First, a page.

Thousands of bear hunters go to the woods each year in an attempt to attract a wary black bear to a bait site. Where do they get all those goodies? Here’s how one entrepreneur took the bear bait business to a whole new level.
By Bernie Barringer
Cory Carlson was a part of a group of eight bear hunters who hunted together each year near Aitkin, Minnesota. It was always a struggle to get enough bait, and Cory seemed to be the guy who was able to get the most bait. The other hunters often used up what he brought. He decided to buy a bunch of licorice and see if it would sell to bear hunters.
“I bought a trailer load of 10,000 pounds of licorice and parked it in my garage,” he remembers. I ran an ad in the local shopper and sold it all.” At that point he knew he was onto something. It was clear he could sell even larger quantities of bait if he could get it. He spent hours on the phone trying to find sources of items that would be good bear baits. “It took a lot of phone calls and a lot of internet surfing to find enough bait. There were a lot of dead ends.”
But his hard work and diligence paid off. Before long he had to put up a new building to hold all the bait he was selling. Bear hunters came from across Wisconsin and Minnesota to buy bait, outfitters from across the US and Canada started ordering it by the semi load and Cory went full time into the bear bait business. Today his wife Jen is also heavily involved in the business side of the endeavor. There’s a lot of work, red tape and headaches involved in shipping semi loads of food products across international borders. Cory and Jen work hard at what they do and it allows them to be around hunting and other hunters most every day, something they love.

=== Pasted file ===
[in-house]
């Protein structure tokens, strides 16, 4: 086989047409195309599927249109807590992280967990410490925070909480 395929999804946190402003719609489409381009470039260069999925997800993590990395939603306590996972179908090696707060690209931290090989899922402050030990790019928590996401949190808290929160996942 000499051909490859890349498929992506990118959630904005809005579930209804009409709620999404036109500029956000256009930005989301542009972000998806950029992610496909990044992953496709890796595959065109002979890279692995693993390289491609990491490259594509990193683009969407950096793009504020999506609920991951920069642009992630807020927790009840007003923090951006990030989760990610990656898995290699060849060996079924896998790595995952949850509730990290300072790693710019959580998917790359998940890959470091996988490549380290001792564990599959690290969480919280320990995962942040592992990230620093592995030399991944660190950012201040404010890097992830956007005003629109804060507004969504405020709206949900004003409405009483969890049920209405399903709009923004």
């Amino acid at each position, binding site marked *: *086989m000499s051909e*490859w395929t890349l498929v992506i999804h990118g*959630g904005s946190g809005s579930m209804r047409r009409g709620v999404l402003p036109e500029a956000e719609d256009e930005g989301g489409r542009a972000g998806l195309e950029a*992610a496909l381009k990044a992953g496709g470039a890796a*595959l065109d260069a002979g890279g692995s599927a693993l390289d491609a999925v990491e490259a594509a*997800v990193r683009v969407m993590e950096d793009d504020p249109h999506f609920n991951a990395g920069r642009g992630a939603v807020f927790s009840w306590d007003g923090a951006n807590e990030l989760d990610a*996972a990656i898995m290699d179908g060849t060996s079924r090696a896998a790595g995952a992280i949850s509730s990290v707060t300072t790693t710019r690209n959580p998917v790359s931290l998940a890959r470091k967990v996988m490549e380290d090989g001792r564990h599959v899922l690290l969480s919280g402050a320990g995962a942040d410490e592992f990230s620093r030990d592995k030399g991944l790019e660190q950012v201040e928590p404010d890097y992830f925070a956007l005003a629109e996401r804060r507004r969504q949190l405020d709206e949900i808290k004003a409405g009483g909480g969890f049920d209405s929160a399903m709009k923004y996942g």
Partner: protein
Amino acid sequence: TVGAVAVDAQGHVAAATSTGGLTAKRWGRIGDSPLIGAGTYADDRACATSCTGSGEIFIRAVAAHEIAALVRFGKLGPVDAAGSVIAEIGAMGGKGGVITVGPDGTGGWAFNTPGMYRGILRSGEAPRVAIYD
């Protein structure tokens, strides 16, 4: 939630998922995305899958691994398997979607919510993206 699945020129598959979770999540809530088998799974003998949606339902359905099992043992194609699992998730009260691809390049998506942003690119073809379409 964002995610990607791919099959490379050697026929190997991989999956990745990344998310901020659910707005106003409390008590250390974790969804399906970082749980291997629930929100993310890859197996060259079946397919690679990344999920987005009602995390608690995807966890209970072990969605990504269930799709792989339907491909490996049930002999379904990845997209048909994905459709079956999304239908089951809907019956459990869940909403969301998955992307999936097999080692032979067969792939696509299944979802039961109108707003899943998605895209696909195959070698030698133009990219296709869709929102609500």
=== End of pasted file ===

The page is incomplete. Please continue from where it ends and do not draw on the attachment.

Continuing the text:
Cory’s company, Lucky 7 Bear Bait, ships dozens of semi loads of bait across North America during the spring and summer. On any given day, hunters back their pickups up to his building near Cambridge, Minnesota and load up the goodies for the bears. He sells about 3,000,000 pounds per year.
Trail mix is his best seller. It has all the things a bear loves: high carbohydrate nuts, dried fruits and berries and bits of candy. It’s very close to what the bears would naturally eat if they could find enough of it in the wild. The bears love trail mix and he has access to tons of it. You can buy it by the bucket, by the barrel or by the pallet. Other top sellers are granola, cookie dough, gummie bears, fruit snacks, licorice, frostings, caramel and fruit fillings. He avoids anything with pure, unprocessed dark chocolate because it can make the bears sick if they eat too much of it, but anything with milk chocolate mixed in is fine.
Bears are individuals and each bear seems to prefer certain things. Savvy bear hunters use a wide variety of baits to keep them coming back. The bear hunters are individuals too, says Cory, “One guy will come in and say the bears don’t like anything but black licorice while the next guy will come in and he only wants red licorice. Still another guy will tell me to give him a bunch of licorice and he doesn’t care what flavor it is. Then another guy will say that licorice doesn’t work at all.” Cory just sells them what they want.
Where does a guy get three million pounds per year of these goodies? He gets it from several factories all across the US. Which factories and where they are located, is understandably a closely-guarded secret. Cory spent years developing his sources and he isn’t giving out any information other than to explain why it is available to his company.
He buys the products direct from the factories that produce them. Surprisingly, the products are not outdated or flawed in any way that would affect its taste or safety. There are factory closeouts which provide quantities. Much of it may be off-color or misshapen, other times someone may have added a little too much or too little of an ingredient and it all has to be disposed of. There are end-of-run and beginning-of-run products that need to be thrown out. At times an equipment breakdown can mean someone has to shovel several barrels of sweets out of a huge processing machine. Rather than throw it out, they ship it to Cory at Lucky 7 and the hunters turn it into bear meat and bear rugs.
One of the advantages of the hard work that goes into being at the top of the bear bait heap is the added opportunity to hunt. Cory and Jen have found that the connections they make with bear hunting outfitters have led them onto some really fun hunts. Cory also enjoys whitetail hunting in the fall as a way to relax when the business slows down as the bear seasons close.
Next time you pay the high price for a small package of trail mix, granola or nuts, think about Cory Carlson; he would be happy to sell you a 55-gallon drum of it for a fraction of the price.
For information on successful bear baiting strategies check out this book and DVD.